The error-proneness at this point is that the updates of the software also contain updates of the function module and the import of the new transport file which is forgotten often. Libelle DataMasking checks the version of the function module and issues an error message in the event of a discrepancy.
An anonymization run can fail for a variety of reasons. The causes can also lie outside the software, for example a full file system or even a full tablespace. After the error has been corrected, the anonymization can be continued. It should be noted whether the restart points are being activated. With their help, the anonymization can be continued exactly at the data set, where the error occurred in the first place. If the restart points are not active, the last treated table will be anonymized once again, although part of the data has already been anonymized.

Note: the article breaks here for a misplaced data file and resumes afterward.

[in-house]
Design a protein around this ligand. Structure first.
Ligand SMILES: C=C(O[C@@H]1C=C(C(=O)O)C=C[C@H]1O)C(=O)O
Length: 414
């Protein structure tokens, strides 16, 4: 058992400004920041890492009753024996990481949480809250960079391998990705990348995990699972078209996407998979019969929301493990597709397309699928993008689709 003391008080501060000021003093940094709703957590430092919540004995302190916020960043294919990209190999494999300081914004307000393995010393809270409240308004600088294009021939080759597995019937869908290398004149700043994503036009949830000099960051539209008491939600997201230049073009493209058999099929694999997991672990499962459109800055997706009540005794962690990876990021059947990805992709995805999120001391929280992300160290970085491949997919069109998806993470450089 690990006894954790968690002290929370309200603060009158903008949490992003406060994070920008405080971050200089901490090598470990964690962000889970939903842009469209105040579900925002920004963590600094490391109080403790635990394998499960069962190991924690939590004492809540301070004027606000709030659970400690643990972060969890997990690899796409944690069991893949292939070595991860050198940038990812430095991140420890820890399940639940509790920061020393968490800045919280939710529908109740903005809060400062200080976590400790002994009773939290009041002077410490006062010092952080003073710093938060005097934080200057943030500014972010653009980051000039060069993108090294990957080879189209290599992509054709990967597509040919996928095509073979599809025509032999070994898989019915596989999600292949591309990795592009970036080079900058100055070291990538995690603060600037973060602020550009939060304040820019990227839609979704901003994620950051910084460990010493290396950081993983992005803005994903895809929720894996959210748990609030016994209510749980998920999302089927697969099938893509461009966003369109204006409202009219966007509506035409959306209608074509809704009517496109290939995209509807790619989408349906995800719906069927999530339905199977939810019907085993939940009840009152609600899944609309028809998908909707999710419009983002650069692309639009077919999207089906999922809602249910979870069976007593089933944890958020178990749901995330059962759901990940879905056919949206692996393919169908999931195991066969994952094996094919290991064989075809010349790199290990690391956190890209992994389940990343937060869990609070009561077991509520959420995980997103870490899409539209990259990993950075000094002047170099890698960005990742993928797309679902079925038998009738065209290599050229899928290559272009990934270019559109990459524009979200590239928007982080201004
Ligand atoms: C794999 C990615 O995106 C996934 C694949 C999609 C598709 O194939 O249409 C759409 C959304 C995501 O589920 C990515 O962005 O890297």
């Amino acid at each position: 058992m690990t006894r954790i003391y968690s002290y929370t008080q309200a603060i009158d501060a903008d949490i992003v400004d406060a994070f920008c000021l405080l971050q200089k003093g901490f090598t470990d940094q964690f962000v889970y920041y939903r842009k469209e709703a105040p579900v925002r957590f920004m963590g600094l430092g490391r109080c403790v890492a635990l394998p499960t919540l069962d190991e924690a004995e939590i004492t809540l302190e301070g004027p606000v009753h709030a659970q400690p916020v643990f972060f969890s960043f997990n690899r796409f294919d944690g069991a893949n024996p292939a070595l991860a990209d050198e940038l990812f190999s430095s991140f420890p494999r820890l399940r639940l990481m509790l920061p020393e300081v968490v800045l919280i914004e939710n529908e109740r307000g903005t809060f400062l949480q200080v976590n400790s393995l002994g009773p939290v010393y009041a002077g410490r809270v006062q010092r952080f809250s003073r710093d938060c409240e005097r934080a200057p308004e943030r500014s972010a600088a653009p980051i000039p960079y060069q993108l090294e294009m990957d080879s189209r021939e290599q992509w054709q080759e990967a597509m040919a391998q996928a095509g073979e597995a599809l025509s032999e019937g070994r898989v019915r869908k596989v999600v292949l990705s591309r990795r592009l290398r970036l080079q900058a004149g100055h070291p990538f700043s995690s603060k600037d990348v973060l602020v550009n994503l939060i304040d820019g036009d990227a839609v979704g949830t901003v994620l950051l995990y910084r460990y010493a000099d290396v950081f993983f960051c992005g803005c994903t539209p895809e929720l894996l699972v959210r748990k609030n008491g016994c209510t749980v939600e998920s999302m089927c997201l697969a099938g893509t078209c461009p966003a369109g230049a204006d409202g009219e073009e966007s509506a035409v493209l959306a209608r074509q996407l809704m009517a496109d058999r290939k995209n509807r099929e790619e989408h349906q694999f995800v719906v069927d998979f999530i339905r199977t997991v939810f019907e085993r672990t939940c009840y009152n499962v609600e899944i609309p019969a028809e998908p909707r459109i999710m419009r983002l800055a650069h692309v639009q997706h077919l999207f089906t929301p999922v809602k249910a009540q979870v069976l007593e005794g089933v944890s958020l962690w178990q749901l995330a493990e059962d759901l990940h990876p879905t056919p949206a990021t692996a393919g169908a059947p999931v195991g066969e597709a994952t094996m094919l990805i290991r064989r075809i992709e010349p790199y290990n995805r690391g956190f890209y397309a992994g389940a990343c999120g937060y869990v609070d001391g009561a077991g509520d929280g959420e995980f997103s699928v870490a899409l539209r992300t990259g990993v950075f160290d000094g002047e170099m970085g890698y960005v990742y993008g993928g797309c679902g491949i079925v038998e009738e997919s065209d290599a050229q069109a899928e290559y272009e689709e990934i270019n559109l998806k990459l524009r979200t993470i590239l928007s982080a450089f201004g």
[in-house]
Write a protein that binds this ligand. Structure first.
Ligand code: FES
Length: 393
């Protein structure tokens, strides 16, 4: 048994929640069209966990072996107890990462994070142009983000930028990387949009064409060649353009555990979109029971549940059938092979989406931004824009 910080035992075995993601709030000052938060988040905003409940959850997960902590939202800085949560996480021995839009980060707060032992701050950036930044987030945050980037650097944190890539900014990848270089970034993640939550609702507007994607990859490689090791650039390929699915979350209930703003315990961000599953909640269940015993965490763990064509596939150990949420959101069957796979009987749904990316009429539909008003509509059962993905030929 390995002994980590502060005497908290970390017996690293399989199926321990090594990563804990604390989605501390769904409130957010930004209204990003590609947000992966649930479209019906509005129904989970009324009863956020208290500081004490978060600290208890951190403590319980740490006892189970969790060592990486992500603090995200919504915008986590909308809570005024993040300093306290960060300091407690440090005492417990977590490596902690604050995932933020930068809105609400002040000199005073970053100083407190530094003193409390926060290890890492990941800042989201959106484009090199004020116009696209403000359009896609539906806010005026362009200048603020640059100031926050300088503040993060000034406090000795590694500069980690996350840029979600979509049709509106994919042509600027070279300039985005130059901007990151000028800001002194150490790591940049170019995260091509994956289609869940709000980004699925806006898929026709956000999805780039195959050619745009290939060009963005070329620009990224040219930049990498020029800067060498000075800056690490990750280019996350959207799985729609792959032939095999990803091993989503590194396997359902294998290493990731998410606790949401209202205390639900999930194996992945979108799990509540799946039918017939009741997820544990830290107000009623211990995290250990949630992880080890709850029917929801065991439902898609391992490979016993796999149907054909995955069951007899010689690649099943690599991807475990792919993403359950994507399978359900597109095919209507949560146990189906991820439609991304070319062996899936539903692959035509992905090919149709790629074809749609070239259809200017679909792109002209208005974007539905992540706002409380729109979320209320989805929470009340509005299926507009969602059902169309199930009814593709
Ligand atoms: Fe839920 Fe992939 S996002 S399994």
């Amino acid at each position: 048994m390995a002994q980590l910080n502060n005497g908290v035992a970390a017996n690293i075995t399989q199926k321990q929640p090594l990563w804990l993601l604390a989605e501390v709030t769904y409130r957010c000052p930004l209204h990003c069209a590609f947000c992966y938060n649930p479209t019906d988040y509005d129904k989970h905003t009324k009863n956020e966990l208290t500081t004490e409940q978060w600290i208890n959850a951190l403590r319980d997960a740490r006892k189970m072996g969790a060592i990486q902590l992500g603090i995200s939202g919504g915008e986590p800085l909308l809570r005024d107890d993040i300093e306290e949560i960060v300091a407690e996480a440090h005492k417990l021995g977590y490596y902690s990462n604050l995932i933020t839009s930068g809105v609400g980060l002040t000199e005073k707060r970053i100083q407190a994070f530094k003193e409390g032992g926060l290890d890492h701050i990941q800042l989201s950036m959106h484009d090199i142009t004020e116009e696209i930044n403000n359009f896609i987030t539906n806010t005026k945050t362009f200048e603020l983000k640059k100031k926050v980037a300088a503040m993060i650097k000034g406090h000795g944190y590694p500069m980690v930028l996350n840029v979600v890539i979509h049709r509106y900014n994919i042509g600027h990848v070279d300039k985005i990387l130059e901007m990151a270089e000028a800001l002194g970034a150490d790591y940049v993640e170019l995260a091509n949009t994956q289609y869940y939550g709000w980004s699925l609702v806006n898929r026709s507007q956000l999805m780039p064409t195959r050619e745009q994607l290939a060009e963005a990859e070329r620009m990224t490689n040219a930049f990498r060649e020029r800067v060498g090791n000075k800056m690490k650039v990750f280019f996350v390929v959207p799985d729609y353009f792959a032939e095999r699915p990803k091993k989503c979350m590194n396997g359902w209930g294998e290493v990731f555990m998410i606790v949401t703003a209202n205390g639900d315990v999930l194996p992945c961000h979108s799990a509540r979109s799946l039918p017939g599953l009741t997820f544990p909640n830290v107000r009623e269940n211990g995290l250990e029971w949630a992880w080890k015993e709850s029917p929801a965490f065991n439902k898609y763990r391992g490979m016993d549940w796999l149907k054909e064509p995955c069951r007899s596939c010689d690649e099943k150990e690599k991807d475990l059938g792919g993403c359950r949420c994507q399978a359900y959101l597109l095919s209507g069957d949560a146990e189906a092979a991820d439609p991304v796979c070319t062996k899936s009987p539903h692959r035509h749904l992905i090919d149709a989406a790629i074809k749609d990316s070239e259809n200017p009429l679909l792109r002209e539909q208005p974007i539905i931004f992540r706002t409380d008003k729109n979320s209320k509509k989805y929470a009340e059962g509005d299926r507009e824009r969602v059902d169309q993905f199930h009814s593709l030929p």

In some projects, we sometimes achieve quite a high degree of customizing. These extensions that deviate from the standard (e.g. scripts) are taken into consideration during an update of the software. However, if the software is being reinstalled in parallel, the customizing settings have to be "laboriously" transferred to the new environment. I.e. additional files must first be copied, and on the other hand the settings must also be adjusted again within the tool itself.
I also count this case among the classic errors in the projects. It happens that fields have to be anonymized which are part of the primary key of a table. A typical example is the table TIBAN in SAP. Using our algorithm, we validly recalculate the values of an IBAN in Libelle DataMasking. But often the quality of the original data throws a spanner into the works.